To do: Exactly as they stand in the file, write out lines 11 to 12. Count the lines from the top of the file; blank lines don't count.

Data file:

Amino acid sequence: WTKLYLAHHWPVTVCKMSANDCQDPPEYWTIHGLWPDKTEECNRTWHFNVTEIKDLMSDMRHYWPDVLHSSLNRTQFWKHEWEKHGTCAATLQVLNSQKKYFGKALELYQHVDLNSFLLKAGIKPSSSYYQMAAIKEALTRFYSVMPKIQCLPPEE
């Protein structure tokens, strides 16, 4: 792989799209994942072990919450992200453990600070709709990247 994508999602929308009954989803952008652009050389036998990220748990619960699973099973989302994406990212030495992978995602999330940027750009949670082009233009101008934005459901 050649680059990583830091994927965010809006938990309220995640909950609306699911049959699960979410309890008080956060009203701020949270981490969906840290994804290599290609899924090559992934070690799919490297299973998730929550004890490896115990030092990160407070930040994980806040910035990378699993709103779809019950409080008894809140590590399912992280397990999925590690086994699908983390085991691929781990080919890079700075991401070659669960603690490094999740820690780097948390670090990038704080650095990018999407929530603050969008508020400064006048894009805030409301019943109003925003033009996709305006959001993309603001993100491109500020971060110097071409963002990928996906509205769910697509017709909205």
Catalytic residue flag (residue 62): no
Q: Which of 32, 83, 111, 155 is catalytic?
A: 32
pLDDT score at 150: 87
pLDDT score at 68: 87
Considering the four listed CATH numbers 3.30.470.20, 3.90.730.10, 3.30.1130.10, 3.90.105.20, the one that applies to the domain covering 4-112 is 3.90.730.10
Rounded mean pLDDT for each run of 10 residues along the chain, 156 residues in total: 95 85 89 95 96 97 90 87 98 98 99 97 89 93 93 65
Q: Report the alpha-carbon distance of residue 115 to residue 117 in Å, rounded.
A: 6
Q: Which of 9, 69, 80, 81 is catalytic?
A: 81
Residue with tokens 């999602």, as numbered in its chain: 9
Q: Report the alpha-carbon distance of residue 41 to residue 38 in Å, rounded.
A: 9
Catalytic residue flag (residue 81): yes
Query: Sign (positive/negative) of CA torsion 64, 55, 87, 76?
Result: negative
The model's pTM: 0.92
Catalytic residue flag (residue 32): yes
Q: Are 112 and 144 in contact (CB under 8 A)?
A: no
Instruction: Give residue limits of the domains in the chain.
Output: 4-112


A: 6
Q: Which of 9, 69, 80, 81 is catalytic?